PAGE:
It’s hard to believe that there was ever anything average about Radu Postole – engineer, sailor, polyglot, traveler. However, when he began his Integrated Engineering degree at the University of British Columbia in 2007 he insists that he was, at best, a mediocre student. All that changed when he became involved with the UBC Engineering Co-op Program. By the end of a series of co-op work terms, and as he launched into his final year of academic studies, Radu was an A-student on the Dean’s honour roll.
“While I was in the classroom, I had trouble seeing the big picture of how to apply the knowledge that we were being taught,” he says. Radu joined the Engineering Co-op Program. The hands-on experience that he gained from his first four-month and subsequent eight- and four-month work terms caused him to have an epiphany.
“After Co-op I went back to school and suddenly it dawned on me how all the academic learning is applicable in the real world. The important thing is to use that body of knowledge to create real solutions that address the pressing needs in society,” he says.
Radu’s first co-op work term was in Germany in 2009. He knew that he wanted to work in Europe and set about researching a German government recruiting database called DAAD to find a company that interested him. Co-op helped him secure a position with the GKSS research centre that works on producing lightweight, magnesium alloys to be used in the manufacturing of cars. Radu feels that this first position is the most vital in any engineering student’s path.
“The first placement is the hardest to find,” he says. “The pool is big and you’re a newbie with no previous experience.”
This also makes the first placement the most valuable, according to Radu, as it is a way of ‘getting your foot in the door’ and gaining real experience. Working at GKSS affected Radu in a myriad of positive ways. He had the opportunity to travel across Europe, work with people from all over the world and develop relationships with his co-workers thus garnering good reviews that helped him secure positions further down the line. It was also stimulating for Radu to be involved in cutting-edge research that produces lightweight cars that reduce our dependency on fossil fuels and our impact on the environment. The work, along with his interest in sustainability, fostered a life-long passion to pursue the field of alternative energy technologies.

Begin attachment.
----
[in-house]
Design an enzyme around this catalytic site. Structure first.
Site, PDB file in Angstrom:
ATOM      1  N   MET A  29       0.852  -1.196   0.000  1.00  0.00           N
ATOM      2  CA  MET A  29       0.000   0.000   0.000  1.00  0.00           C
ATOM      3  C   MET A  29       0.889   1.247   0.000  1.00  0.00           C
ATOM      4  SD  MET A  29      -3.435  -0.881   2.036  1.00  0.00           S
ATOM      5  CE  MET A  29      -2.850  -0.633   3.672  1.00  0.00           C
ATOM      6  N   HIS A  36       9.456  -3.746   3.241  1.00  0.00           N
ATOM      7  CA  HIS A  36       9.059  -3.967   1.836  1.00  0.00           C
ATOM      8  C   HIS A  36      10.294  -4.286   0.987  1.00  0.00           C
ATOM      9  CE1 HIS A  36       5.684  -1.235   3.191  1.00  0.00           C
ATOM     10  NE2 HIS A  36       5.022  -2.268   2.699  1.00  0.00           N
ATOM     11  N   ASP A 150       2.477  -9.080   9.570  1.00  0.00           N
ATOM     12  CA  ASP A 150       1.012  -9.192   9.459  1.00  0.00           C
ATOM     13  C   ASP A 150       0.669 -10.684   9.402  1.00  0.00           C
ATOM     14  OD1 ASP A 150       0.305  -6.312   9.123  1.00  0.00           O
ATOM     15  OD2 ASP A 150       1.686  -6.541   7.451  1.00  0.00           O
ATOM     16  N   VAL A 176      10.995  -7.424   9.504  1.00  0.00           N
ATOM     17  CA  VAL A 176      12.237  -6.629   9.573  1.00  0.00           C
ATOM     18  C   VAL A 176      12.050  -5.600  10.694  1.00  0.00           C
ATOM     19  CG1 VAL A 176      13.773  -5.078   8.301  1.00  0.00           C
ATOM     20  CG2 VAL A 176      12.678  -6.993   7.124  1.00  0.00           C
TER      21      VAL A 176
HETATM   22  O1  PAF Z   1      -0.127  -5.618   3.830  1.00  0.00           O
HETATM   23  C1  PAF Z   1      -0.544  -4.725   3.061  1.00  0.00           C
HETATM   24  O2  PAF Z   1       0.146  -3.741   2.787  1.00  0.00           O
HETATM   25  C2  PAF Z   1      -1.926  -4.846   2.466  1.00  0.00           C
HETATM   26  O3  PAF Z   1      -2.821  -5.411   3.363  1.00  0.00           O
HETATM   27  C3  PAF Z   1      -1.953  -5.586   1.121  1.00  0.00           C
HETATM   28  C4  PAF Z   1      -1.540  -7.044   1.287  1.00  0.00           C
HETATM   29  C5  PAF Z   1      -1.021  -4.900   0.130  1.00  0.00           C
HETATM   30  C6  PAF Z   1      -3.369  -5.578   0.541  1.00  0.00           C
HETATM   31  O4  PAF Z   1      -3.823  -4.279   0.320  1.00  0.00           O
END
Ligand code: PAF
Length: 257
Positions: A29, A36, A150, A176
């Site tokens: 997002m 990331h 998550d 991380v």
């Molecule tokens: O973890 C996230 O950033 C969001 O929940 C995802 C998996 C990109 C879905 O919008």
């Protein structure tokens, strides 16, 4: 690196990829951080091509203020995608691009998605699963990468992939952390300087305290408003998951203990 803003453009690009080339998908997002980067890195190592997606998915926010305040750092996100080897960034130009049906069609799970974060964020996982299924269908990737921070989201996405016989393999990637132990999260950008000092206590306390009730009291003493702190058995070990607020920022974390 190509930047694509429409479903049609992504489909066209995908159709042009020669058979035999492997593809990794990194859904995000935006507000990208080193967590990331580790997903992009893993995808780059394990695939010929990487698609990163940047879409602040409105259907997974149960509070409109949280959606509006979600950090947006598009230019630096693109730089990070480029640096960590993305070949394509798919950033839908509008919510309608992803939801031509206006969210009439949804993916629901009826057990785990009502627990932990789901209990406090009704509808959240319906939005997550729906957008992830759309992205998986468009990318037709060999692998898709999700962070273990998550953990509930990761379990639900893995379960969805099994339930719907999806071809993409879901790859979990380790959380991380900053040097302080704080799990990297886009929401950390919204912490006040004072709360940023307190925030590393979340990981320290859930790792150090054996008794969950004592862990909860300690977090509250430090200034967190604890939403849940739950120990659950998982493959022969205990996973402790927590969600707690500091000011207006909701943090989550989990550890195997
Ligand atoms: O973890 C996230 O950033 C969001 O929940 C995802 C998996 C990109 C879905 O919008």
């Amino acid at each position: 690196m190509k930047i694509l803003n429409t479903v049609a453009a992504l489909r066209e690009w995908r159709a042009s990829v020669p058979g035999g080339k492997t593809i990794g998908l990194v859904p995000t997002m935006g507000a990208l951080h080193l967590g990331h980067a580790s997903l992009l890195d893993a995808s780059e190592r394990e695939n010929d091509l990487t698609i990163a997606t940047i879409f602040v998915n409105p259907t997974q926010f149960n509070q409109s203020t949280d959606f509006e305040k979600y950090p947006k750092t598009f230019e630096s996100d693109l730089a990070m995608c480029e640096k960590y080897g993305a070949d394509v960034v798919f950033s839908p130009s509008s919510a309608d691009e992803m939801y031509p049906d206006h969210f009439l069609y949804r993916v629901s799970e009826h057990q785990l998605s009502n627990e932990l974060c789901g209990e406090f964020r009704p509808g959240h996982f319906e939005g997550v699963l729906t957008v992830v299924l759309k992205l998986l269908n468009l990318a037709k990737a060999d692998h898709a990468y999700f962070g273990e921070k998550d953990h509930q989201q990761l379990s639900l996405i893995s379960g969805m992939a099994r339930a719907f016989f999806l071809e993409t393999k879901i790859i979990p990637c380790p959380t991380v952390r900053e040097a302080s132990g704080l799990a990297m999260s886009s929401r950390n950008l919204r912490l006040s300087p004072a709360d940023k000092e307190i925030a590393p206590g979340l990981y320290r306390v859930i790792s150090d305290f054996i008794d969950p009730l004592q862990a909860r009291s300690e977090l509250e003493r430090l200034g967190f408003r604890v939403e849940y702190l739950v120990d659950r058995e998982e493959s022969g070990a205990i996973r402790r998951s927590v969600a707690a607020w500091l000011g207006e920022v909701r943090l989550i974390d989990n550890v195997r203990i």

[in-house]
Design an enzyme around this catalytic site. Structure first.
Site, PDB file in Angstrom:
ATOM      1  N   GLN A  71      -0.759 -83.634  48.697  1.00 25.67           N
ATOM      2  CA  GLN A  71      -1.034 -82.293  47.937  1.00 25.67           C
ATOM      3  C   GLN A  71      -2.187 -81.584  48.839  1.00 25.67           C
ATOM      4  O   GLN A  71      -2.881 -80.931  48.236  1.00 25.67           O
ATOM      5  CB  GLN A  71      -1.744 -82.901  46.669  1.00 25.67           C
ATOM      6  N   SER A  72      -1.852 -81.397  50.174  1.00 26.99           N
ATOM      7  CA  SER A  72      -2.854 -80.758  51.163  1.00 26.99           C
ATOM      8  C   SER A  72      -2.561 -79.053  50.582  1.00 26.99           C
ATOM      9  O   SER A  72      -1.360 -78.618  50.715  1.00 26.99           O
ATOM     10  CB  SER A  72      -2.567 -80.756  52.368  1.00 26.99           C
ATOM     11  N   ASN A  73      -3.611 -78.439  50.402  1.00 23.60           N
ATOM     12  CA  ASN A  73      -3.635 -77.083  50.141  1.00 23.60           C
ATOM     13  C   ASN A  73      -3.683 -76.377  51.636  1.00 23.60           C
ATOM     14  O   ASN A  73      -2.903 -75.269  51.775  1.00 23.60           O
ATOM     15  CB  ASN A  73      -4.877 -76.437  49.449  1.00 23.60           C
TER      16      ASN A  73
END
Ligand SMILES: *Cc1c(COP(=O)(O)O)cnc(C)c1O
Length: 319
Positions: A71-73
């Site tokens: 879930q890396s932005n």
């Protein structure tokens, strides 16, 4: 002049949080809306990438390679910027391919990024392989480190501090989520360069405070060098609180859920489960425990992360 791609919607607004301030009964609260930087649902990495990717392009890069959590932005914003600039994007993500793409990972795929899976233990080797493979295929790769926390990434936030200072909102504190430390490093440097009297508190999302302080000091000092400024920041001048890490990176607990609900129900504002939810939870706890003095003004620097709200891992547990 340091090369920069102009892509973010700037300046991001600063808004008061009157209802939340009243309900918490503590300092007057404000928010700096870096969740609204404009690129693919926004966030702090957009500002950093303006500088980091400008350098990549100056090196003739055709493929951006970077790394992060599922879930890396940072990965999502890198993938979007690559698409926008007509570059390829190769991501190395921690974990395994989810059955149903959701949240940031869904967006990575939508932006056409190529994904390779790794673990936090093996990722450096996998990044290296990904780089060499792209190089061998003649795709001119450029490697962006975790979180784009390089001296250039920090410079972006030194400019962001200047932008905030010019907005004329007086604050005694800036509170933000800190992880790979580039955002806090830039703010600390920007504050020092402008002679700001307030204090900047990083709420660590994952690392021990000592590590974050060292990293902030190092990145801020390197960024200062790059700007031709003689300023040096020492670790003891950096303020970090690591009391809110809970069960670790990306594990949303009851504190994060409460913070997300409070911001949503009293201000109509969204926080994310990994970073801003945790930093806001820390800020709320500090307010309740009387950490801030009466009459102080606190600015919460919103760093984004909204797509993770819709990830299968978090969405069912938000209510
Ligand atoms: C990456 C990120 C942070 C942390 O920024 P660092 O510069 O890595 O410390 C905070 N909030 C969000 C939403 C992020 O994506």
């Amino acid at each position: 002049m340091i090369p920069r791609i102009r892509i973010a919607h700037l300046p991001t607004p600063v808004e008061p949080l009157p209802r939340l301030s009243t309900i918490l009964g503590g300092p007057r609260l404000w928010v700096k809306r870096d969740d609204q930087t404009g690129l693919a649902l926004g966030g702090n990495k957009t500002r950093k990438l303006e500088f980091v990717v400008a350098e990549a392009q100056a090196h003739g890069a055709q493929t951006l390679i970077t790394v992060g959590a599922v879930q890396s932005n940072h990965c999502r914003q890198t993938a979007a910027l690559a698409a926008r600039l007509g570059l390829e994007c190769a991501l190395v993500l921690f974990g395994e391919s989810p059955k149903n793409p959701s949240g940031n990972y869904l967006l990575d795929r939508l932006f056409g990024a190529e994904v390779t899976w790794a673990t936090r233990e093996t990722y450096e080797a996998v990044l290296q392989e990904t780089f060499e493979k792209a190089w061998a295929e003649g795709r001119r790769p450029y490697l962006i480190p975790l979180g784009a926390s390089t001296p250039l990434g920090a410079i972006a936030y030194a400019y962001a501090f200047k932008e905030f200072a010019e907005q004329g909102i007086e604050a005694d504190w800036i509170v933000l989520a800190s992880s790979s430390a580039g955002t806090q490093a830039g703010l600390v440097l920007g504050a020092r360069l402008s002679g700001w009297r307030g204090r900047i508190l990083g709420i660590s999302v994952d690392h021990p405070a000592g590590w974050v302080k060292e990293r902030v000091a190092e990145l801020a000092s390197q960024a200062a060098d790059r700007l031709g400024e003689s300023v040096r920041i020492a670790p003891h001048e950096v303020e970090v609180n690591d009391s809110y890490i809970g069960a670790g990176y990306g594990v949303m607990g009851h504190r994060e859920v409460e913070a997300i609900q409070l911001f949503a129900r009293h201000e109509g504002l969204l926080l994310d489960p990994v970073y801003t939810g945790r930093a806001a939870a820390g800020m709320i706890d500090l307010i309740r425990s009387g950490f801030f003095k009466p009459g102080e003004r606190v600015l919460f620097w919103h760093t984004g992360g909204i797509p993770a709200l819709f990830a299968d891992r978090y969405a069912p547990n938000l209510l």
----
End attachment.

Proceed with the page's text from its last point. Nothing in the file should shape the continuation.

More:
Radu talks about the transferability of experiences that he gained while in co-op. His four-month work term in Germany helped him transfer to an eight-month work term in the Physics and Astronomy Department at UBC. He saw the posting while still in Germany, did the long-distance phone interview while sitting in a tent late at night at the edge of the Black Sea “with the sound of clinking bottles and splashing water outside” and secured the position as a teaching assistant for the next tranche of his co-op journey. UBC hired Radu because of the hands-on experience he already gained in Germany.
During his second work term at the lab in UBC, Radu designed and constructed demos to help professors explain complex engineering principles to first and second year Engineering and Physics students. He learned how to communicate difficult concepts in a clear and engaging way to students and was able to parlay his experience into securing the final four-month co-op work term. One of the professors he met while working as a teacher’s assistant was affiliated with the Structured Surface Physics laboratory. One day a job posting on the UBC Engineering Co-op web site caught Radu’s eye. It was with an alternative energy project called the Solar Canopy Project which works on drawing sunlight deep into the bowels of buildings by using arrays of mirrors and reflective light pipes. He was immediately interested.
“The professor put in a good word for me which proves how important networking can be,” says Radu. “Networking may seem like a challenge at first but by meeting people and staying in touch, you make great connections, even friendships,” he insists.